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  • Bitter Friends, Bosom Enemies: Iran, the U.S., and the Twisted Path to Confrontation
  • Firoozeh Papan-Matin
Bitter Friends, Bosom Enemies: Iran, the U.S., and the Twisted Path to Confrontation Barbara Slavin New York: St. Martin's, 2007xi + 258 pp., $24.95 (paper)

Bitter Friends, Bosom Enemies: Iran, the U.S., and the Twisted Path to Confrontation is a well-researched book written in a lucid prose style for the nonspecialist reader. It offers an erudite analysis of the complex and perplexing relationship between Iran and the United States. Barbara Slavin supplements her research with her direct understanding of current Iranian politics, which she has been involved with as a journalist since the late 1990s, when she became the senior diplomatic correspondent for USA Today. Her career has included covering Asia, the Middle East, and North Africa and reporting on volatile stories such as the Iran-Iraq war, the 1986 U.S. bombing of Libya, and the Palestine-Israel peace process.

Titled after a popular Middle Eastern expression, the book makes an analogy between the relationship of Iran and the United States and any couple in a love/hate relationship and captures their interactions in an entangled web of conflict and infatuation. Slavin evaluates this tumultuous affair in the course of the modern history of Iran with a steadfast focus on the developments of the past three decades after the establishment of the Islamic Republic in 1979. She calls attention to the opportunities that both Iran and the United States have missed for diplomatically resolving some of their problems, now transformed into international conflicts.

The book is organized in twelve chapters and covers the major issues that surround this relationship. These include regional and international policy, radical Islam and its specific characteristics in Iran, the restless youth and its fascination with the West, public discontent, Muslim and secular intellectuals, the clerics, the law, terrorism, and the so-called axis of evil. It ends with a discussion of the prospects and the strategies that could be utilized in responding to these issues. Slavin addresses some of the questions that have been previously discussed by other writers; however, her analysis is strictly focused on the relationship between Iran and the United States, with the objective of understanding how the process of diplomatic negotiations has failed and how it can be restored. For instance, when she recalls the anti-imperialist fervor of the Iranian revolutionaries in the late 1970s and the subsequent hostage crisis, she is evoking historical memory to highlight the existing Iranian public attitude toward both the theocratic form of government and the United States. Slavin captures this transformation with skill and economy as she explains that Iranians still use the famous "Down with the U.S." slogan as a masquerade when they appear in government sponsored rallies and certain public events. However, when they are not being watched, they repeat this slogan humorously in its revised version as "Down with the Dear U.S." In the same context, she refers to the vigils that the Iranian public held in sympathy with the victims of the 9/11 catastrophe and in condemning al-Qaeda, which is a shared enemy for both Iran and the United States.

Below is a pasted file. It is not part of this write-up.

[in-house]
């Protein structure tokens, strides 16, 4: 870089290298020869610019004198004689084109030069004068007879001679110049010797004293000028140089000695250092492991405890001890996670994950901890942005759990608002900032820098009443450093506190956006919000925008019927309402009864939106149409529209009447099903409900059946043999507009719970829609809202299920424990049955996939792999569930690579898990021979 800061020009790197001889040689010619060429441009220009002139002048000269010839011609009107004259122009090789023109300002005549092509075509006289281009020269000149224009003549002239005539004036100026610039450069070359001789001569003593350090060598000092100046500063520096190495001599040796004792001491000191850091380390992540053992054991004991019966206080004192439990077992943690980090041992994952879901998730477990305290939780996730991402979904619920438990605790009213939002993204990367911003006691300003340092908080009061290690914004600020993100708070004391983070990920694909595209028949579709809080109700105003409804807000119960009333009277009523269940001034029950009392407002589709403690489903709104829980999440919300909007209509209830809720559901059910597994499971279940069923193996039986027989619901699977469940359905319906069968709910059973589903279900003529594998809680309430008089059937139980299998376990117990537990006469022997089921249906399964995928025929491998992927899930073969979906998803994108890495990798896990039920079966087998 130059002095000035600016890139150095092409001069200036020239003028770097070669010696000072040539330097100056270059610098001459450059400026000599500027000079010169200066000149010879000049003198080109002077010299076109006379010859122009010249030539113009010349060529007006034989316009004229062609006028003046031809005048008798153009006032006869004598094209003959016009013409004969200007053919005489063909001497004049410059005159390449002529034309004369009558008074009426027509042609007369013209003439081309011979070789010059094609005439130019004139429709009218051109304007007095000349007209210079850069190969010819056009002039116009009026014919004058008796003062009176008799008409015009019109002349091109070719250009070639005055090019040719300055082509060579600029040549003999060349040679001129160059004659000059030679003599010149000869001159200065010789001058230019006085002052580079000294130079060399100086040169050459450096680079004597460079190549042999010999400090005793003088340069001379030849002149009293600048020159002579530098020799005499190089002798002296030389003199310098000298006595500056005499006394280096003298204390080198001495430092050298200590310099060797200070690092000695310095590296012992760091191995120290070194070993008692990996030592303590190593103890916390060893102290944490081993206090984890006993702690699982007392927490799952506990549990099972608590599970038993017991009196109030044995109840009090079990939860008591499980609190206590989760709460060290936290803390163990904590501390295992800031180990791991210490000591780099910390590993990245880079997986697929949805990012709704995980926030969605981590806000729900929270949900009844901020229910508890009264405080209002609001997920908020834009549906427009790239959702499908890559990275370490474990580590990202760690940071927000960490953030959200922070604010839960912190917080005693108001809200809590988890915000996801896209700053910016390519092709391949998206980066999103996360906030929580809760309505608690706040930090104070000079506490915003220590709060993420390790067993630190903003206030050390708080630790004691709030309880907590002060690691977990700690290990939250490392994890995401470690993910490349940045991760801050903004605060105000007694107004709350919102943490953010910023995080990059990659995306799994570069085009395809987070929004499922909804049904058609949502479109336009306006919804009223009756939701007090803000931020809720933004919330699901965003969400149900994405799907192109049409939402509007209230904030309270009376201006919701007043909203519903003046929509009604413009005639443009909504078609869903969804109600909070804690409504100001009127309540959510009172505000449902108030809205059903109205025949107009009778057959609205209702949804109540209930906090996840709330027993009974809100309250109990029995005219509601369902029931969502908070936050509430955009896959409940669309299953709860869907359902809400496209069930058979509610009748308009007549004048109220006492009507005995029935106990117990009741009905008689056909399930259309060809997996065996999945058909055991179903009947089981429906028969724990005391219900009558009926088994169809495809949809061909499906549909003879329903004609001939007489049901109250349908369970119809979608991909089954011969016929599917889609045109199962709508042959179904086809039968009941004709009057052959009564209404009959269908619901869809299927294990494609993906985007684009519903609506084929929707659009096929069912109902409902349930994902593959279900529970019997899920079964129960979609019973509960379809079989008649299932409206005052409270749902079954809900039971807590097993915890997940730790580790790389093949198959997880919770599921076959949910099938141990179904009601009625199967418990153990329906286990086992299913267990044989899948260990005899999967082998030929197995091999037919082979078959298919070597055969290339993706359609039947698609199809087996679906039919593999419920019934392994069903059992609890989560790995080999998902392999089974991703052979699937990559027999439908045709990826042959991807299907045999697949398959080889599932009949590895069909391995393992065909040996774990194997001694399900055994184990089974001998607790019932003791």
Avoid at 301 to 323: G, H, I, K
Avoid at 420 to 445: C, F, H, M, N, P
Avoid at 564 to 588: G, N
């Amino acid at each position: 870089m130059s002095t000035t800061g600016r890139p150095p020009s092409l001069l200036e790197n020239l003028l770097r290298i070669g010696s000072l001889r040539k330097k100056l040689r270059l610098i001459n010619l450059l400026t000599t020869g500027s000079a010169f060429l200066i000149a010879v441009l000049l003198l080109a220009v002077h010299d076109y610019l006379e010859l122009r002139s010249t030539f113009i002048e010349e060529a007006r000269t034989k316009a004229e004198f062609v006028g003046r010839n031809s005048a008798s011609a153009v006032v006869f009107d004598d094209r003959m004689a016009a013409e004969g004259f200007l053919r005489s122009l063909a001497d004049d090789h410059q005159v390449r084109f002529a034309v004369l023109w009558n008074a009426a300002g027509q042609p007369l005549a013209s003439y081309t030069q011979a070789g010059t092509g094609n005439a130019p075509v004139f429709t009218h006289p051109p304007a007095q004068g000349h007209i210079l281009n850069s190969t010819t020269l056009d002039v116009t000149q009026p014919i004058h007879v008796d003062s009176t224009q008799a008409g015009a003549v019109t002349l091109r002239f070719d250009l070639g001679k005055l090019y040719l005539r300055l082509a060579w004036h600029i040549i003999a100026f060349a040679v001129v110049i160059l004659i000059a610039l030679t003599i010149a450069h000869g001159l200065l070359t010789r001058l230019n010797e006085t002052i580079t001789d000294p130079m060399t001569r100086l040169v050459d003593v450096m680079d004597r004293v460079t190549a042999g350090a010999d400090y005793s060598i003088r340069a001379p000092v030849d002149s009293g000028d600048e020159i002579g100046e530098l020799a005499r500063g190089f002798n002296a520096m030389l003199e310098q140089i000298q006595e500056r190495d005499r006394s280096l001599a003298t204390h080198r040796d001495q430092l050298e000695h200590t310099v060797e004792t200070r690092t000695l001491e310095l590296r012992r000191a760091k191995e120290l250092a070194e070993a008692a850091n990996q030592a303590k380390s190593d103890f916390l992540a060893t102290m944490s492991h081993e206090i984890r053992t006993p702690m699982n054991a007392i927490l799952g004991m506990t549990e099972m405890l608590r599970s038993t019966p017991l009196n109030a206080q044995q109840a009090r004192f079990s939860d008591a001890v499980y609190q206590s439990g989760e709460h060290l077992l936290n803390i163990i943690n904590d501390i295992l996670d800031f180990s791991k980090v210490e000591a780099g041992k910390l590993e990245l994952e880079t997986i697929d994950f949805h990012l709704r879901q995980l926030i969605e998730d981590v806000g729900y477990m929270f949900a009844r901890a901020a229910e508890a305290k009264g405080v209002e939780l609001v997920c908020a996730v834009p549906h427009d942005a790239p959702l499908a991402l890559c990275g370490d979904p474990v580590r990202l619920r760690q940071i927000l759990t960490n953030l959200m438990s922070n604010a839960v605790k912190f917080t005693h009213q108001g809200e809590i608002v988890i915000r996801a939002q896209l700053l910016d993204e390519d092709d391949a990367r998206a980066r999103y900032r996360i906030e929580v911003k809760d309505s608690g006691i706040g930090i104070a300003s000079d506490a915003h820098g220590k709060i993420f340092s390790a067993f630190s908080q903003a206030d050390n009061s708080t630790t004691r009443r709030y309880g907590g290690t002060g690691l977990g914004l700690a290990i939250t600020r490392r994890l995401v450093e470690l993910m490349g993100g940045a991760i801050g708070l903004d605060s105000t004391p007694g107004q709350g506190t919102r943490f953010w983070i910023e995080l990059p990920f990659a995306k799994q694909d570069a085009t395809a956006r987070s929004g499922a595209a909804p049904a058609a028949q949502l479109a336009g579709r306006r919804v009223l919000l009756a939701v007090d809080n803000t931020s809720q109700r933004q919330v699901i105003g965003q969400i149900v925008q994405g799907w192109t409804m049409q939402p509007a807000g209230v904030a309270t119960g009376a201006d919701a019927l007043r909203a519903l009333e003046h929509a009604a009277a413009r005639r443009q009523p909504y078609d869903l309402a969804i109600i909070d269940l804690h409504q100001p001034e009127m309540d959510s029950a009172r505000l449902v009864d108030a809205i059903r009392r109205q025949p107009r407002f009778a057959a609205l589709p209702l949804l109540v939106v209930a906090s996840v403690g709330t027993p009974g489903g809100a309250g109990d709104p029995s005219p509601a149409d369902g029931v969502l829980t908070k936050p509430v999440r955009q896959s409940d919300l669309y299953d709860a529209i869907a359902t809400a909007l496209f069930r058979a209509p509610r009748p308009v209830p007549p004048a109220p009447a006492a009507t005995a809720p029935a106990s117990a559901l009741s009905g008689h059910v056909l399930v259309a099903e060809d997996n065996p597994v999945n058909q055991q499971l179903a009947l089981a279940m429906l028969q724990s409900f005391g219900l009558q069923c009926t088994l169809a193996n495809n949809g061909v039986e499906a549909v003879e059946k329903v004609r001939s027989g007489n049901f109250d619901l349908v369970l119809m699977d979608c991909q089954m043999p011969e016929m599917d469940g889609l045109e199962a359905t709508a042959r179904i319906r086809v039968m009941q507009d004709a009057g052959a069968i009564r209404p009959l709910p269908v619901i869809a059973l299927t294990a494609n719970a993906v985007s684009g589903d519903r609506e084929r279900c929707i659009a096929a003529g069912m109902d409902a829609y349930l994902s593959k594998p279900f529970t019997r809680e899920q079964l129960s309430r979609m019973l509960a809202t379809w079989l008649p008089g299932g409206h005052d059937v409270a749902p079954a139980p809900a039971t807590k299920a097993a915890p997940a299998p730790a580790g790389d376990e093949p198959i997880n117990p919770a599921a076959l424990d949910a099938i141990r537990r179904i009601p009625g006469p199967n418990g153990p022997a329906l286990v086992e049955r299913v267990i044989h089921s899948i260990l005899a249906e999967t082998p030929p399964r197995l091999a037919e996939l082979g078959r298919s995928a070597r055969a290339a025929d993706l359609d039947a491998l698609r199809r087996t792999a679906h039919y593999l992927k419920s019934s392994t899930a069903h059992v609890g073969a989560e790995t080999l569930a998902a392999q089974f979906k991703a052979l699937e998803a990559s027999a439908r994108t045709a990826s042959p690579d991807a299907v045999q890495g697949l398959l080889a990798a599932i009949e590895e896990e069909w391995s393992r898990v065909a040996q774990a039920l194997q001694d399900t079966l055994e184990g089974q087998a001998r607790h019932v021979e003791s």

During the early years of the 1980s, the Islamic Republic succeeded in establishing itself as a theocratic form of government through a complicated process. The general election that was held after the shah was expelled from the country provided two choices on the ballot: monarchy or the Islamic Republic. Slavin is rash in her analysis when, without clarifying the details of this election, she states that the Islamic form of government was overwhelmingly elected. Notwithstanding this detail, her statement is valid in the sense that the general public did not effectively object to this form of election because of the oppressive preoccupation with U.S. imperialism and the fear of a coup against the young revolutionary state. Unfortunately, the absence of critical responses to the reactionary actions committed by the provisional government paved the way for the strengthening of Ayatollah Khomeini's followers, which included the majority of the secular and leftist forces. In the next few years, the war between Iran...


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pp. 349-350
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